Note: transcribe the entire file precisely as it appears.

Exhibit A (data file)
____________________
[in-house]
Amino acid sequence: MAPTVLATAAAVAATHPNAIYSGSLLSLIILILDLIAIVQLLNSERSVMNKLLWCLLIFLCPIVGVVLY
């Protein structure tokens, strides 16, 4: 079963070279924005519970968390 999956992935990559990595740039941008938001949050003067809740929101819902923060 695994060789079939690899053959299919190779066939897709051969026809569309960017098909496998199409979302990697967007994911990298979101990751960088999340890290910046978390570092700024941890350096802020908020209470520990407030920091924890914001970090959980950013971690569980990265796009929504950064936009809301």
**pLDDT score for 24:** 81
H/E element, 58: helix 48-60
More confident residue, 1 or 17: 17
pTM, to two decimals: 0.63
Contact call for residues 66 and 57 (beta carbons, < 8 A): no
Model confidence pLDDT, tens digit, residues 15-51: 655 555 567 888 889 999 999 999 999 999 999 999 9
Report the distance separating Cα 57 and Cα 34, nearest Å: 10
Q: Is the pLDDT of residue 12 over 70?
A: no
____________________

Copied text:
[in-house]
Amino acid sequence: MAPTVLATAAAVAATHPNAIYSGSLLSLIILILDLIAIVQLLNSERSVMNKLLWCLLIFLCPIVGVVLY
């Protein structure tokens, strides 16, 4: 079963070279924005519970968390 999956992935990559990595740039941008938001949050003067809740929101819902923060 695994060789079939690899053959299919190779066939897709051969026809569309960017098909496998199409979302990697967007994911990298979101990751960088999340890290910046978390570092700024941890350096802020908020209470520990407030920091924890914001970090959980950013971690569980990265796009929504950064936009809301």
**pLDDT score for 24:** 81
H/E element, 58: helix 48-60
More confident residue, 1 or 17: 17
pTM, to two decimals: 0.63
Contact call for residues 66 and 57 (beta carbons, < 8 A): no
Model confidence pLDDT, tens digit, residues 15-51: 655 555 567 888 889 999 999 999 999 999 999 999 9
Report the distance separating Cα 57 and Cα 34, nearest Å: 10
Q: Is the pLDDT of residue 12 over 70?
A: no